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Heavyweight boxer who was bullied growing up now advocates for bullied kids

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Retired boxer David Rodriguez joined Tuesday’s “The Morning Blaze with Doc Thompson” to talk about his  brush with death, his new book, and his reasons for supporting President Donald Trump.

Rodriguez, who once had a perfect boxing record of 36-0, shared his realization that being bullied as a kid led to his boxing career. His new book, “When the Lights Go Out: From Survivor to Champion,” is the “in-depth story of how I went through those trials and tribulations,” he said.

Formerly a champion boxer, Rodriguez has faced incredible ups and downs during his life. As a child, he endured bullying, something that inspired him to become an advocate for bullied kids. In 2011, Rodriguez was knifed in the face outside a bar, a murder attempt that left him with hundreds of stitches and a permanent scar. “When the Lights Go Out” was written during one of his low points, while he was in bed after back surgery following an injury sustained after a knockout round that he had won.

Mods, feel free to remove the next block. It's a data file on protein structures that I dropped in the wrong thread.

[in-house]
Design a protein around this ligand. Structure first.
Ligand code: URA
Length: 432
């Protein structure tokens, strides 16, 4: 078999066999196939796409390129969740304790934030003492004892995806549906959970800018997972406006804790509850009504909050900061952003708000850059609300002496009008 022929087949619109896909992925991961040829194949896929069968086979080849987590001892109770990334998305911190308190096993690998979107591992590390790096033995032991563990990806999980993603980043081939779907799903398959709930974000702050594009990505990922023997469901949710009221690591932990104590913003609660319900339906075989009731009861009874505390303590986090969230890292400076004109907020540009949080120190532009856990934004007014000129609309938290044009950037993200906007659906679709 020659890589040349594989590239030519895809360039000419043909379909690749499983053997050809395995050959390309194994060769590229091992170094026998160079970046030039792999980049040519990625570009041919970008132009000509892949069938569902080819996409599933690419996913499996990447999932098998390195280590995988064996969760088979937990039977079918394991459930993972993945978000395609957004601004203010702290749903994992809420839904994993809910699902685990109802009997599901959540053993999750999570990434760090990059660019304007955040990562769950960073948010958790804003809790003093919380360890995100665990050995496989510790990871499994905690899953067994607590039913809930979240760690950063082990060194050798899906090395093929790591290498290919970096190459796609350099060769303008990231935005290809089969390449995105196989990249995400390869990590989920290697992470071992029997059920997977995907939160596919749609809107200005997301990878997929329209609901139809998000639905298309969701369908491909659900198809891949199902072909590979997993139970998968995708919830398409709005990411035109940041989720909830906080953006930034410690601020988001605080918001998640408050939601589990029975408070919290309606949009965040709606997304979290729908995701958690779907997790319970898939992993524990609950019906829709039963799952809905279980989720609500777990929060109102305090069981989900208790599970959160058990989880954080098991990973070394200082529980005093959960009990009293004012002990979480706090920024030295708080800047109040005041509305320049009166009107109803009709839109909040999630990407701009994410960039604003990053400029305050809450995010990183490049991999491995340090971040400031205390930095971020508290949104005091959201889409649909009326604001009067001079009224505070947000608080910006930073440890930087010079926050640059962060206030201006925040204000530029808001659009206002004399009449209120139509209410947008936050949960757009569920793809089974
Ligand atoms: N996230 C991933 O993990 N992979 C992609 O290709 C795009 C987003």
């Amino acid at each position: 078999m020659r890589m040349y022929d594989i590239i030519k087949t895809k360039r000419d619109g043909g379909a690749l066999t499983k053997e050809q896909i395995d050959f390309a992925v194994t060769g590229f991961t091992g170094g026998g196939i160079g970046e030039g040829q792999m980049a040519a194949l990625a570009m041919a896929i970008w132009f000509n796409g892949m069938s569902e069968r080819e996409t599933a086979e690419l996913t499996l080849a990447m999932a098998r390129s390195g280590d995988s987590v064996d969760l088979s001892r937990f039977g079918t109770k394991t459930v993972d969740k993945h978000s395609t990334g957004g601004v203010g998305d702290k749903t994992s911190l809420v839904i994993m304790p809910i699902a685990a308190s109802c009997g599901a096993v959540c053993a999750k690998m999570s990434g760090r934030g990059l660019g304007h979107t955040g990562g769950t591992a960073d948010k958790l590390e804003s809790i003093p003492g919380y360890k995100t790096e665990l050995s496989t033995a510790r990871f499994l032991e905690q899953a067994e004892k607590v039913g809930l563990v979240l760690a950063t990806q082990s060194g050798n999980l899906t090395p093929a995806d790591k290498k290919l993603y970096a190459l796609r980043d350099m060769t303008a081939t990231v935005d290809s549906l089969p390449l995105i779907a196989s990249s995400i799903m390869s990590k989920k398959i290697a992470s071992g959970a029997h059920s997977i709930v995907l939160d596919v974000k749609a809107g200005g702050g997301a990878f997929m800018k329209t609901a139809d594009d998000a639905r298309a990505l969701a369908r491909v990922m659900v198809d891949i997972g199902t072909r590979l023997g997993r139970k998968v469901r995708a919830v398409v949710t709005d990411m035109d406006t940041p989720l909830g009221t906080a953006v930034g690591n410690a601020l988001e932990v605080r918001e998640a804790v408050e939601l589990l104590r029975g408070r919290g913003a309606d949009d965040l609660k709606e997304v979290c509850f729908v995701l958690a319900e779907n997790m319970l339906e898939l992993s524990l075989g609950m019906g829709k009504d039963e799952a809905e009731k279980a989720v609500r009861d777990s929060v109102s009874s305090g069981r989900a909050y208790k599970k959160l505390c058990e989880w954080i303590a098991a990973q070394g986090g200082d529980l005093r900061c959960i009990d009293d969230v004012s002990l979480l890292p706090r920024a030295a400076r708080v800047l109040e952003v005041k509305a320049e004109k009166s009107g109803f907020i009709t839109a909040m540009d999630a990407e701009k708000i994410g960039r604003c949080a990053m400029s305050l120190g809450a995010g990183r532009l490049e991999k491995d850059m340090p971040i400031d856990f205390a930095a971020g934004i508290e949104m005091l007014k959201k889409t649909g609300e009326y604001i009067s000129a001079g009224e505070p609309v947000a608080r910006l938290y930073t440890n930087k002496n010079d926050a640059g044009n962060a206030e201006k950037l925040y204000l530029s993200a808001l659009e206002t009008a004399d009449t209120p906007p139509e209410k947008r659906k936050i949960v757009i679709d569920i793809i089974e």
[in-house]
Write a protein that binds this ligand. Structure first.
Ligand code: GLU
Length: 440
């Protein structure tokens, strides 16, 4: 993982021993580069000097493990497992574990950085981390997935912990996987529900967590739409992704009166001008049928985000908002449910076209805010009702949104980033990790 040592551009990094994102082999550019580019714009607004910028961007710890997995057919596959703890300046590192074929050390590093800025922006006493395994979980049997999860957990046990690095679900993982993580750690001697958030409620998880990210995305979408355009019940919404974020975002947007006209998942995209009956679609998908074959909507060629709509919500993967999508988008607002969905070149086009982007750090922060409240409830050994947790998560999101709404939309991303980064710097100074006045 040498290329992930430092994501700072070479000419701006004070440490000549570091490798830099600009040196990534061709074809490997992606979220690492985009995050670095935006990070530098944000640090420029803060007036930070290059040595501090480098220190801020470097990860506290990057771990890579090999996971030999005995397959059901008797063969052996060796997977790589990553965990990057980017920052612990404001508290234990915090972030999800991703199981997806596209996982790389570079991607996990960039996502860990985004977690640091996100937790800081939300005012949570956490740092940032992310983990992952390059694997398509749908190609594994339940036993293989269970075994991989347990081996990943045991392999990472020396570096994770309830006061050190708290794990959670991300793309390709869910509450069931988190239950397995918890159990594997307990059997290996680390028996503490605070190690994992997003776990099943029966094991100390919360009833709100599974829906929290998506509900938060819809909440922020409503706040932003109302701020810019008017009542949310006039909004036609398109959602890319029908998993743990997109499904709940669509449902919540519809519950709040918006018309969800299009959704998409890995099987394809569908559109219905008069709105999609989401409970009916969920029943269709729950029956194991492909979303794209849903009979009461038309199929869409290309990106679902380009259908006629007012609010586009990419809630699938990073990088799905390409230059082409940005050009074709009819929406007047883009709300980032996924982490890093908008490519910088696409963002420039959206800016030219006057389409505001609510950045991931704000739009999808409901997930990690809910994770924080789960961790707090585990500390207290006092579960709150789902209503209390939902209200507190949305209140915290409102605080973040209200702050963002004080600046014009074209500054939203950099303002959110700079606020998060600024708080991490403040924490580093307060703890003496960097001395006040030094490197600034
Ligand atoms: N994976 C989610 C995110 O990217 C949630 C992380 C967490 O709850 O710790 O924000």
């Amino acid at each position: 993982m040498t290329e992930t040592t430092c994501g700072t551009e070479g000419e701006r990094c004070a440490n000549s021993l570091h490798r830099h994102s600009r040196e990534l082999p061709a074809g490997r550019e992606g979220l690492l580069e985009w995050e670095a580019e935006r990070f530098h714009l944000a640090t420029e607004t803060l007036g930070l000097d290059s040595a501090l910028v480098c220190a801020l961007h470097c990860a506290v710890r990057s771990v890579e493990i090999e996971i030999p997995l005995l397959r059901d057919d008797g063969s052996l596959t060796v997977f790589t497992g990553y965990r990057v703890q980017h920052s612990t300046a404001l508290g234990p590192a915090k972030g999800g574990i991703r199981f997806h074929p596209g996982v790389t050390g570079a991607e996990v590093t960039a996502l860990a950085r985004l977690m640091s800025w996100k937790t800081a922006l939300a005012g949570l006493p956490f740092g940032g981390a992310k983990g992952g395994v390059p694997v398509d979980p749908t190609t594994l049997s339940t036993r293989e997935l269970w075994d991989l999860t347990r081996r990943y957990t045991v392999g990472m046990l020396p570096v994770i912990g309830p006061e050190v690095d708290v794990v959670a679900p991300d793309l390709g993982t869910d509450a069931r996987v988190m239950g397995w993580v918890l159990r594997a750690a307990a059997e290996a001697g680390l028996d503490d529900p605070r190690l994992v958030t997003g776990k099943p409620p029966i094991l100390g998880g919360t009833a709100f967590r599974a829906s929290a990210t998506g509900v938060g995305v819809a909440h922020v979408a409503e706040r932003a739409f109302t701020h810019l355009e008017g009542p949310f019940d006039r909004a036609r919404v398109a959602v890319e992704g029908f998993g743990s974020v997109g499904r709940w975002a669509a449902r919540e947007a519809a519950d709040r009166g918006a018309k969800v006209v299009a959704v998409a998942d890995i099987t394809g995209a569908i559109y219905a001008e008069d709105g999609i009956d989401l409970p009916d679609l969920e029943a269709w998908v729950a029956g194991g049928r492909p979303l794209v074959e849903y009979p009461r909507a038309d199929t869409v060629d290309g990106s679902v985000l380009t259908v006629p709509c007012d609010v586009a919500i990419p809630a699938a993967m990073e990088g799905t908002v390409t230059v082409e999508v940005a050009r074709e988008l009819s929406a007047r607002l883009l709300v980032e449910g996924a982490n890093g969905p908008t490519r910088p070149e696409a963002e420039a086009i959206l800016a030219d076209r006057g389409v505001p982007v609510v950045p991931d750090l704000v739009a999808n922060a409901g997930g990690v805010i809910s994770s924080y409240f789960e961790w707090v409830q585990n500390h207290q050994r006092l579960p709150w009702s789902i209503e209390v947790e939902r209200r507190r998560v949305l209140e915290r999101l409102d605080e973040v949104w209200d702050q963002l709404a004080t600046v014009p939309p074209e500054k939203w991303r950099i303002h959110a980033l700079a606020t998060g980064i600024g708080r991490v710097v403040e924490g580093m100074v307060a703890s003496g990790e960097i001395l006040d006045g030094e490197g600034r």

“I wrote the book on a cathartic level. … I was laying in the hospital, and I knew my career was over, and I just started writing on my iPhone,” Rodriguez described the writing process to Doc. “I wrote the whole book within a month on my iPhone.”

A self-described early Trump supporter, Rodriguez also talked about why the election of President Donald Trump gave him hope.

To see more from Doc, visit his channel on TheBlaze and listen live to “The Morning Blaze with Doc Thompson” weekdays 6–9 a.m. ET, only on TheBlaze Radio Network.

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